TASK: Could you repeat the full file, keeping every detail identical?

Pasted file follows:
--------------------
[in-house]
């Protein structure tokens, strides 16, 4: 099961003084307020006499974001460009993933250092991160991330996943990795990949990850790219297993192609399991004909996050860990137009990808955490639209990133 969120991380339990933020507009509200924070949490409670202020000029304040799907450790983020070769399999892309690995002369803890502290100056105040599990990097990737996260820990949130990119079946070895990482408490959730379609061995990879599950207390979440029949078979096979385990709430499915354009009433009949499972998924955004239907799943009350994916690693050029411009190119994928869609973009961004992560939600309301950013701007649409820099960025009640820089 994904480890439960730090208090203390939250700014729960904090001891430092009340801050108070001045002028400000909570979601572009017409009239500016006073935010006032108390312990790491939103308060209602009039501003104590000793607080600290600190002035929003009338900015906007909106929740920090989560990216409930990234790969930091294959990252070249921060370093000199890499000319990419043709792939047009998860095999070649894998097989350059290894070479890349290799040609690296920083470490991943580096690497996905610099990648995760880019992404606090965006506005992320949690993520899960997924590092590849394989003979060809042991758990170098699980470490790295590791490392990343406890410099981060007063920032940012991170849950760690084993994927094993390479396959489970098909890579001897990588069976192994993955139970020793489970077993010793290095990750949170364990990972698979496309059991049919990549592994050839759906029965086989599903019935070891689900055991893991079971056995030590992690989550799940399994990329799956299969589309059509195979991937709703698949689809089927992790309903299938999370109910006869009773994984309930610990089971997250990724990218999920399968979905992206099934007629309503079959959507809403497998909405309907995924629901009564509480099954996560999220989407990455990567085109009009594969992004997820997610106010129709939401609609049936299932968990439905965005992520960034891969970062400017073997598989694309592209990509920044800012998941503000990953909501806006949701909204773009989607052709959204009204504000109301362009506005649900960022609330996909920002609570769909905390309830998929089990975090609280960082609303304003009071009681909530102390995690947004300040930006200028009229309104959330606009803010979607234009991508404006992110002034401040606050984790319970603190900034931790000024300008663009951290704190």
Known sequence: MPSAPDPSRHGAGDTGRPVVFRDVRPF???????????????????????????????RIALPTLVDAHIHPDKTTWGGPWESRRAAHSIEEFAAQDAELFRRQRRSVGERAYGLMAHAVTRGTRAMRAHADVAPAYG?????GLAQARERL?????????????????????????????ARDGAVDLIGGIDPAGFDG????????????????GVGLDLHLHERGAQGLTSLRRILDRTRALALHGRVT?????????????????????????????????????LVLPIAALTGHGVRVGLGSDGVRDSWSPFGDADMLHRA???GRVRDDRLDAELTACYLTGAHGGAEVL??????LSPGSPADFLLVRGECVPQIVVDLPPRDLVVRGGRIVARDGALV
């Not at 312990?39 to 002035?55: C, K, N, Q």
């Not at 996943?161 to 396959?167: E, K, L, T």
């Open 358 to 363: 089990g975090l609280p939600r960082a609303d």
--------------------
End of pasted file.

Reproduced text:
[in-house]
């Protein structure tokens, strides 16, 4: 099961003084307020006499974001460009993933250092991160991330996943990795990949990850790219297993192609399991004909996050860990137009990808955490639209990133 969120991380339990933020507009509200924070949490409670202020000029304040799907450790983020070769399999892309690995002369803890502290100056105040599990990097990737996260820990949130990119079946070895990482408490959730379609061995990879599950207390979440029949078979096979385990709430499915354009009433009949499972998924955004239907799943009350994916690693050029411009190119994928869609973009961004992560939600309301950013701007649409820099960025009640820089 994904480890439960730090208090203390939250700014729960904090001891430092009340801050108070001045002028400000909570979601572009017409009239500016006073935010006032108390312990790491939103308060209602009039501003104590000793607080600290600190002035929003009338900015906007909106929740920090989560990216409930990234790969930091294959990252070249921060370093000199890499000319990419043709792939047009998860095999070649894998097989350059290894070479890349290799040609690296920083470490991943580096690497996905610099990648995760880019992404606090965006506005992320949690993520899960997924590092590849394989003979060809042991758990170098699980470490790295590791490392990343406890410099981060007063920032940012991170849950760690084993994927094993390479396959489970098909890579001897990588069976192994993955139970020793489970077993010793290095990750949170364990990972698979496309059991049919990549592994050839759906029965086989599903019935070891689900055991893991079971056995030590992690989550799940399994990329799956299969589309059509195979991937709703698949689809089927992790309903299938999370109910006869009773994984309930610990089971997250990724990218999920399968979905992206099934007629309503079959959507809403497998909405309907995924629901009564509480099954996560999220989407990455990567085109009009594969992004997820997610106010129709939401609609049936299932968990439905965005992520960034891969970062400017073997598989694309592209990509920044800012998941503000990953909501806006949701909204773009989607052709959204009204504000109301362009506005649900960022609330996909920002609570769909905390309830998929089990975090609280960082609303304003009071009681909530102390995690947004300040930006200028009229309104959330606009803010979607234009991508404006992110002034401040606050984790319970603190900034931790000024300008663009951290704190």
Known sequence: MPSAPDPSRHGAGDTGRPVVFRDVRPF???????????????????????????????RIALPTLVDAHIHPDKTTWGGPWESRRAAHSIEEFAAQDAELFRRQRRSVGERAYGLMAHAVTRGTRAMRAHADVAPAYG?????GLAQARERL?????????????????????????????ARDGAVDLIGGIDPAGFDG????????????????GVGLDLHLHERGAQGLTSLRRILDRTRALALHGRVT?????????????????????????????????????LVLPIAALTGHGVRVGLGSDGVRDSWSPFGDADMLHRA???GRVRDDRLDAELTACYLTGAHGGAEVL??????LSPGSPADFLLVRGECVPQIVVDLPPRDLVVRGGRIVARDGALV
């Not at 312990?39 to 002035?55: C, K, N, Q």
């Not at 996943?161 to 396959?167: E, K, L, T």
């Open 358 to 363: 089990g975090l609280p939600r960082a609303d």